where α 1 is the exit angle of impeller, and α 2 is the inlet angle of impeller. In the present study, four design parameters including exit angle α 1 , inlet angle α 2 , offset size d, and conic factor f c are provided to calculate the 2D design curve. The coordinates of P c and P 1 can be obtained as

y c = x c tan ( α 2 − 90 ) , (6)

y c = y 2 − ( x 2 − x c ) tan ( α 1 − 90 ) , (7)

x 1 = x 2 / 2 + ( x c − x 2 / 2 ) f c , (8)

y 1 = y 2 / 2 + ( y c − y 2 / 2 ) f c , (9)

where P c ( x c , y c ) is the intersection of the two tangent lines that across the curve’s starting and ending points, respectively (

The 2D design curve can be easily constructed by having the torus and the four design parameters defined. After the definition of 3D curves of shell and core, another design parameter bias angle β is used to obtain the blade profile. Given the impeller blades are constant-thickness stamped sheet metal, the blade thickness t is defined. Once the torus shape and five-blade design parameters including exit angle α 1 , inlet angle α 2 , offset size d, conic factor f c , bias angle β and blade thickness t are determined, the basic blade geometry of impeller is generated by means of parametric equations and Creo software. The schematic representation of the construction of impeller blade is shown in

After the definition of the torus and a blade, the construction of the whole impeller geometry is easy and is based on the rotation of the generic blade around the axis; for doing so the number of blades z should be provided by the user. The completed impeller parametric geometry is shown in

No. | Description | Parameter |
---|---|---|

1 | Exit angle of impeller at shell (˚) | α s 1 |

2 | Inlet angle of impeller at shell (˚) | α s2 |

3 | Conic factor of impeller blade at shell | f cs |

4 | Offset size of impeller blade at shell (mm) | d s |

5 | Exit angle of impeller at core (˚) | α c 1 |

6 | Inlet angle of impeller at core (˚) | α c 2 |

7 | Conic factor of impeller blade at core | f cc |

8 | Offset size of impeller blade at core (mm) | d c |

9 | Bias angle of impeller (˚) | β |

10 | Blade number of impeller | z |

11 | Blade thickness of impeller (mm) | t |

An automotive torque converter is selected as a reference to generate the parametric model. The reference torque converter has an active diameter of 250 mm and the number of blades in the impeller, turbine, and stator are 31, 29, and 21, respectively. STAR-CCM + software is used to generate the computational mesh and perform the internal flow calculations in an appropriate way. The computational mesh is given in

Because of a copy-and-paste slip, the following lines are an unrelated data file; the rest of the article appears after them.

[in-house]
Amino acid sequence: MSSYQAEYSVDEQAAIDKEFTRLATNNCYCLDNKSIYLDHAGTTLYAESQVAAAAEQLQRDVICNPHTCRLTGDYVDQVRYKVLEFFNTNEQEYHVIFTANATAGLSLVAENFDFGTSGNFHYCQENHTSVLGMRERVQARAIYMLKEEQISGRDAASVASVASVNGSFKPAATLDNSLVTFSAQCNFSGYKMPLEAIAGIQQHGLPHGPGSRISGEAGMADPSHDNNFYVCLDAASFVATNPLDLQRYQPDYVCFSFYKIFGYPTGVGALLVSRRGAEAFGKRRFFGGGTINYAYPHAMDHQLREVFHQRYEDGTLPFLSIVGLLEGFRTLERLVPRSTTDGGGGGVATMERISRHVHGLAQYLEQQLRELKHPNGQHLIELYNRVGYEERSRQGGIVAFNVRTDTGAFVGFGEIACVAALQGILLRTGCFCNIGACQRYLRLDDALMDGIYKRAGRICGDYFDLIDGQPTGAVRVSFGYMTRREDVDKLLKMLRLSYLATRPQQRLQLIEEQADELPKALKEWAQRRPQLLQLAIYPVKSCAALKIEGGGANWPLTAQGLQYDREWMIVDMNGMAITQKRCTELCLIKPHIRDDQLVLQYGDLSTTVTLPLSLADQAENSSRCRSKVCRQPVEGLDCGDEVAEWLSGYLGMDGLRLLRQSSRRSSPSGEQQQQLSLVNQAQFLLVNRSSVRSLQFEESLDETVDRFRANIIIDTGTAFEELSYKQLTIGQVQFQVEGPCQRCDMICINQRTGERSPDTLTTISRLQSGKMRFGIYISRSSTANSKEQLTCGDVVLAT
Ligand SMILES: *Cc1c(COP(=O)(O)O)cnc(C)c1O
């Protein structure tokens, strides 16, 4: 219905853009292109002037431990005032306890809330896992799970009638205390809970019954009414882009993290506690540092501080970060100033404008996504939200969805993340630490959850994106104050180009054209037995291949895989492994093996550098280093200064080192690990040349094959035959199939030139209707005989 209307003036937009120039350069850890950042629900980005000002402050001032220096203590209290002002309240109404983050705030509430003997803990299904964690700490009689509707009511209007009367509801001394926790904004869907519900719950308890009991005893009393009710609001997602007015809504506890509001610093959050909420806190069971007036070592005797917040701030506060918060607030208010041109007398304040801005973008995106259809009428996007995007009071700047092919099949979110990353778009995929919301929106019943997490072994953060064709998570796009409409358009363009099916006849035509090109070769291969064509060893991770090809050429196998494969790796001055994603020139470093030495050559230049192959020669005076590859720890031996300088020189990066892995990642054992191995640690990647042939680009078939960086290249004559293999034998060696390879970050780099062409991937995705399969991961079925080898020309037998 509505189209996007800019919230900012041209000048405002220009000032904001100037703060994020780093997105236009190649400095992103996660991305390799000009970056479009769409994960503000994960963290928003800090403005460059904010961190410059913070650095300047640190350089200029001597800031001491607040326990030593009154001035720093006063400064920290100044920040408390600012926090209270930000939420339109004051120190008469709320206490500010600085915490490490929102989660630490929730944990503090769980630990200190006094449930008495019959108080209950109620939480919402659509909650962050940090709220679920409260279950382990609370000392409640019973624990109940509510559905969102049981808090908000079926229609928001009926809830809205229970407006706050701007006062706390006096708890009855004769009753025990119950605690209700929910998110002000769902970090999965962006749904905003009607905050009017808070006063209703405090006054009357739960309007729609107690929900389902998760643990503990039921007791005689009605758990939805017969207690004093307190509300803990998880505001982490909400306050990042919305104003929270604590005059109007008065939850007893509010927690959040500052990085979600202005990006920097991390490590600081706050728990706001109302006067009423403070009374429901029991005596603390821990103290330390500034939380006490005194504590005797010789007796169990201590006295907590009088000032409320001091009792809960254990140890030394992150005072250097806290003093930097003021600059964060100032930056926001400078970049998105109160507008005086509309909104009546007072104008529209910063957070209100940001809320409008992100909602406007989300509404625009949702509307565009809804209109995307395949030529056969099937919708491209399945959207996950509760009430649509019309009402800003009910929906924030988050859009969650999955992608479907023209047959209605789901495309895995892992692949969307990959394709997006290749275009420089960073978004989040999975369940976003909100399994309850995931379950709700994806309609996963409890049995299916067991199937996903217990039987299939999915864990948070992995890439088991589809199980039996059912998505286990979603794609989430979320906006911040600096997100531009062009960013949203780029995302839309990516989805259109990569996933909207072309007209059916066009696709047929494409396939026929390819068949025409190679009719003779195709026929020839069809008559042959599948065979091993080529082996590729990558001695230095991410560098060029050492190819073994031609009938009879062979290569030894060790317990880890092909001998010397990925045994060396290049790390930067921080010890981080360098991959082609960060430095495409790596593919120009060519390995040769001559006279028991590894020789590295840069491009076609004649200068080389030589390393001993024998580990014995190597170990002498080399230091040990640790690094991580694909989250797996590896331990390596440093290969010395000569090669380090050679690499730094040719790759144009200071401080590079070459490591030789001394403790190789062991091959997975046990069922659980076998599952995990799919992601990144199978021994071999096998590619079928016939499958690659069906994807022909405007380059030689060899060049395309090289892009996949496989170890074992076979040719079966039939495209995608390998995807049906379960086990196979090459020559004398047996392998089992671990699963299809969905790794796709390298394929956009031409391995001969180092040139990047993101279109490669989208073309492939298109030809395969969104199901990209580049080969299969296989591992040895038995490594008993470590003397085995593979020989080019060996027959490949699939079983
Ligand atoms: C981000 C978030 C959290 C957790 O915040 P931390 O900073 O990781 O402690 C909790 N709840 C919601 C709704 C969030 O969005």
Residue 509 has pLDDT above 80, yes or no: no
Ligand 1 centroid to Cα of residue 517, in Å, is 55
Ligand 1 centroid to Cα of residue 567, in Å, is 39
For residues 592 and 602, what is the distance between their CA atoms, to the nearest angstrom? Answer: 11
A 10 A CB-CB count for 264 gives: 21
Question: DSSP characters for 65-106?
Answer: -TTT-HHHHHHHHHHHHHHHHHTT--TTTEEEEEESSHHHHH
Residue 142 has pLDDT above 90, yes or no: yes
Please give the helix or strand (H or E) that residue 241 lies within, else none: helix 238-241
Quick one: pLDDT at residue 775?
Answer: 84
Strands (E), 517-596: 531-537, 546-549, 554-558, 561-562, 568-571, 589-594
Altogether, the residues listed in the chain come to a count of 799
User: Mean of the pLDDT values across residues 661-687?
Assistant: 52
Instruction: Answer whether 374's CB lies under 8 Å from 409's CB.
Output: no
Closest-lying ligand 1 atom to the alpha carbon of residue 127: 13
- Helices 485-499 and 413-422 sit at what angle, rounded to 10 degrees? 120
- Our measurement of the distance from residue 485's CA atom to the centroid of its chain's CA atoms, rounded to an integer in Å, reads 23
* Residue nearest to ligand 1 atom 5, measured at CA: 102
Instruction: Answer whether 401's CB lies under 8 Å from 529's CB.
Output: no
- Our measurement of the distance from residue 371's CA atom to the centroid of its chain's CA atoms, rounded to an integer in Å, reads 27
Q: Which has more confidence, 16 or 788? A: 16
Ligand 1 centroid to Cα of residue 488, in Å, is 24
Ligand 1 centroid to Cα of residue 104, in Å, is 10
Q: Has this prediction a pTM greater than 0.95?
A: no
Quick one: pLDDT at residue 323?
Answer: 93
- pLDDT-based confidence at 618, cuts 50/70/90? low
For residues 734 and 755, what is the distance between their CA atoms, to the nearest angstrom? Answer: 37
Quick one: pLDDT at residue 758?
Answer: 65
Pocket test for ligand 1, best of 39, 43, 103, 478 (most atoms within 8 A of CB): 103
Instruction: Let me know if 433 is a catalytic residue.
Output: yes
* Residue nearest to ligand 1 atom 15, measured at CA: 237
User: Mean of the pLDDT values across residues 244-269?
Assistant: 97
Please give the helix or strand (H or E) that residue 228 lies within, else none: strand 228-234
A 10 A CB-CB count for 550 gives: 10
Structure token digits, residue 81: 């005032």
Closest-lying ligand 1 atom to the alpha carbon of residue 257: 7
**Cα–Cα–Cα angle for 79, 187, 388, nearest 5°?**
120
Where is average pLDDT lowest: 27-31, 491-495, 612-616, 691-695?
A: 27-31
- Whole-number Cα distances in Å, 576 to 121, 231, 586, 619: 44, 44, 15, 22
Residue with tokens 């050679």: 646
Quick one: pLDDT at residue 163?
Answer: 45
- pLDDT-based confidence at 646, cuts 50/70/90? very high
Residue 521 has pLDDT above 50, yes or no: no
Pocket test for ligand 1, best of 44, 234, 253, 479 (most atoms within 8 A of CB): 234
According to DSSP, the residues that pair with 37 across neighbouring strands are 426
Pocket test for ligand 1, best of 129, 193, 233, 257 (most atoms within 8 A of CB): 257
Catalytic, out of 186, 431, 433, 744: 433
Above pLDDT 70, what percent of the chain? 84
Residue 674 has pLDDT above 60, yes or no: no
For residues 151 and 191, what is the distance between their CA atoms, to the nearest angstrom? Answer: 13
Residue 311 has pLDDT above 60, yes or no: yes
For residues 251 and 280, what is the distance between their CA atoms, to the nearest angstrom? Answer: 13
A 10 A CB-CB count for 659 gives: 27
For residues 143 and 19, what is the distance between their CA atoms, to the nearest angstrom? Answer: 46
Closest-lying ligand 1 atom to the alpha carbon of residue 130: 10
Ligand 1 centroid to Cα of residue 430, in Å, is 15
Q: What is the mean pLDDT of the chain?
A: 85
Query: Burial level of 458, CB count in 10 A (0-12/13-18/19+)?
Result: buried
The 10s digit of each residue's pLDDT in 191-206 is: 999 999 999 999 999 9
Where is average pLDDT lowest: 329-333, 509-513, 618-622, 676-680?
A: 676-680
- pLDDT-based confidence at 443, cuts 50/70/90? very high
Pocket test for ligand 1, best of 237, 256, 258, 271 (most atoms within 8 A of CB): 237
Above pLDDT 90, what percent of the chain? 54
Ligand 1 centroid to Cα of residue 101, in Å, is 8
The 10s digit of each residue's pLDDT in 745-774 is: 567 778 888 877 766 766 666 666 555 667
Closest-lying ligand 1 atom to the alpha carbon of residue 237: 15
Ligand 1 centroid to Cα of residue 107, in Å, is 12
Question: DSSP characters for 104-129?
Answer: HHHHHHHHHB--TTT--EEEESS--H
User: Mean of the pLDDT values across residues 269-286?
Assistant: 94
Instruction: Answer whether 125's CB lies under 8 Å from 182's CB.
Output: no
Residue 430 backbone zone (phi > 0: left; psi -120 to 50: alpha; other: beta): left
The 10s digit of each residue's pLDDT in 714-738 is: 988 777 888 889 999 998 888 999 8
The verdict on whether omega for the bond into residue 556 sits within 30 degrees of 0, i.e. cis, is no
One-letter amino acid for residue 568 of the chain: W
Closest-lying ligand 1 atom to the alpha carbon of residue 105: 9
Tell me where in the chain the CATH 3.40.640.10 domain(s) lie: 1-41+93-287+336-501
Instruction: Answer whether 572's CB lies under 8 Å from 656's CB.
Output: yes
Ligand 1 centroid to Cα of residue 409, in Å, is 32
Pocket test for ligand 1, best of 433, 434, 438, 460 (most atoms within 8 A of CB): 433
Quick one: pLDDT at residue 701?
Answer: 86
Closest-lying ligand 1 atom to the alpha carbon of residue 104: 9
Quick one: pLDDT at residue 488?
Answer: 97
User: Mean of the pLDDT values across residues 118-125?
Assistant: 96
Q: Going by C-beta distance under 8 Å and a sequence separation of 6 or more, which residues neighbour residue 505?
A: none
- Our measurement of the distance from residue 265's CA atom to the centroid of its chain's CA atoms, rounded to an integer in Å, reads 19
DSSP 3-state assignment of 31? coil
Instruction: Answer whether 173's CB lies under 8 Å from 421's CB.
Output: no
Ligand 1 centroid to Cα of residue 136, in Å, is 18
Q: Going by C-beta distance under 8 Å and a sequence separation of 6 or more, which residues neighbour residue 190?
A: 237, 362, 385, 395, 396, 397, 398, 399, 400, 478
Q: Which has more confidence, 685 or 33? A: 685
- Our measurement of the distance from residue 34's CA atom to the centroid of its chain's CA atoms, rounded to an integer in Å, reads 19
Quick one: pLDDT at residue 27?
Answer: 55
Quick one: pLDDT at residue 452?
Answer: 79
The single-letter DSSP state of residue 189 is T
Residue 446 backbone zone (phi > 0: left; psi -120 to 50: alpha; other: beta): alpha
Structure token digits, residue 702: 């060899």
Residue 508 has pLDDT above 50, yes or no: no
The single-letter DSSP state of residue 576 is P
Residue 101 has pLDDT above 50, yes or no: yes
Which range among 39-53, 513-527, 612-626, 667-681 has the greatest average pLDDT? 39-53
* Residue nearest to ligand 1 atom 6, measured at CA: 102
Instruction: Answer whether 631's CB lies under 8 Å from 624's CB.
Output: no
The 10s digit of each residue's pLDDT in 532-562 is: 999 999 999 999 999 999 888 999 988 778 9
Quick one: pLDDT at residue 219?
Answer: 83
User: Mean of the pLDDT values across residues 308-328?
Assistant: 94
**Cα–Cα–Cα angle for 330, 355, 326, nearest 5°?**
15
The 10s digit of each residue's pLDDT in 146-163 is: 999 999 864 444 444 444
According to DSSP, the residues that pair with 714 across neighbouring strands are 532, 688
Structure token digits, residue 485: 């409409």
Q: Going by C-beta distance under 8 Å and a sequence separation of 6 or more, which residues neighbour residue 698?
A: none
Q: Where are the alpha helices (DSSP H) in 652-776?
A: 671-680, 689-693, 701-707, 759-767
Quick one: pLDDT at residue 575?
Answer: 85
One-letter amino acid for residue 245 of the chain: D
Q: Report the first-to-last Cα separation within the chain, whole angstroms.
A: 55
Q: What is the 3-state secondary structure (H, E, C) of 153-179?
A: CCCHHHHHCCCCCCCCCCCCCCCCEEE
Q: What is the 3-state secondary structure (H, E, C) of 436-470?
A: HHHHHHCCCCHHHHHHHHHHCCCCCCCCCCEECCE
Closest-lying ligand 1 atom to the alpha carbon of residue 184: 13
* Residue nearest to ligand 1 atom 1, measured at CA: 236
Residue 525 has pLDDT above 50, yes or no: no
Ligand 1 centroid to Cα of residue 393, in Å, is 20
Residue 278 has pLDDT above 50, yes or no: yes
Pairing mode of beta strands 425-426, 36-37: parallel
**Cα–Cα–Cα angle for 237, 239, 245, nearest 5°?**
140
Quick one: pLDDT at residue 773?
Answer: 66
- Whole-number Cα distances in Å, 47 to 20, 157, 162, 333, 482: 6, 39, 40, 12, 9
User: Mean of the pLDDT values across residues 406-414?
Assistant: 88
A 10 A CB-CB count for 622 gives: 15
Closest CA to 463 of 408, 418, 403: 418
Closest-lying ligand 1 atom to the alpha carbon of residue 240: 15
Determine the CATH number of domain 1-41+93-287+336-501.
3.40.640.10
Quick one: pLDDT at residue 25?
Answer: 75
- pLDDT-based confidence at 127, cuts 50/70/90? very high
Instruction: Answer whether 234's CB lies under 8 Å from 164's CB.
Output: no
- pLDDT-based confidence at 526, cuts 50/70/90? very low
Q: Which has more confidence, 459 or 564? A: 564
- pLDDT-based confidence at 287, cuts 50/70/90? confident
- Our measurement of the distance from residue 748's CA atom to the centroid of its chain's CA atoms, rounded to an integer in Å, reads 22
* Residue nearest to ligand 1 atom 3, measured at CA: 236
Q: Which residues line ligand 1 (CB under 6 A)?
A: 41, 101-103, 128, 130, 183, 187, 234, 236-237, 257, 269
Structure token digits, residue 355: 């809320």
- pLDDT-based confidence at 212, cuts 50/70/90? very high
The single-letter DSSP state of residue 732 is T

When the circuit size is determined with satisfying the performance requirements, the flow cross-section can be determined with a rule of thumb that the flow area is uniform throughout the blades. In the present study, three toque converter parametric models with different flow areas are designed and simulated to investigate the effects of flow area on their overall performance including efficiency and impeller torque factor. For comparison, the flow area is altered to 17%, 20%, and 23% of area of a circle represented by the converter diameter (f_{a} = 17%, 20%, and 23%). The design parameters are unchanged as much as possible except the area factors and simulation models with varying area factors are shown in

In

DOE is a collection of mathematical and statistical techniques to reduce the number of experiments in order to find the effect of parameters affecting a response in a process, thereby aiming for a reduction in both costs and time [

The scroll angle can be determined by four design parameters including exit angle α 1 , inlet angle α 2 , conic factor f c , and offset size d, provided that the torus is defined. Matlab software is used to develop a simple-to-use GUI to calculate scroll angle as shown in

The blade scroll angles at shell and core can be represented by the blade scroll angle on the design path. Similarly, the inlet angles and exit angles at shell and core can be represented by the inlet angle and exit angle on the design path. Finally, the 11 design parameters of impeller are translated into 6 parameters including exit angle α 1 , inlet angle α 2 , scroll angle γ , bias angle β , blade thickness t, and blade number z. The selected factors and levels in DOE are listed in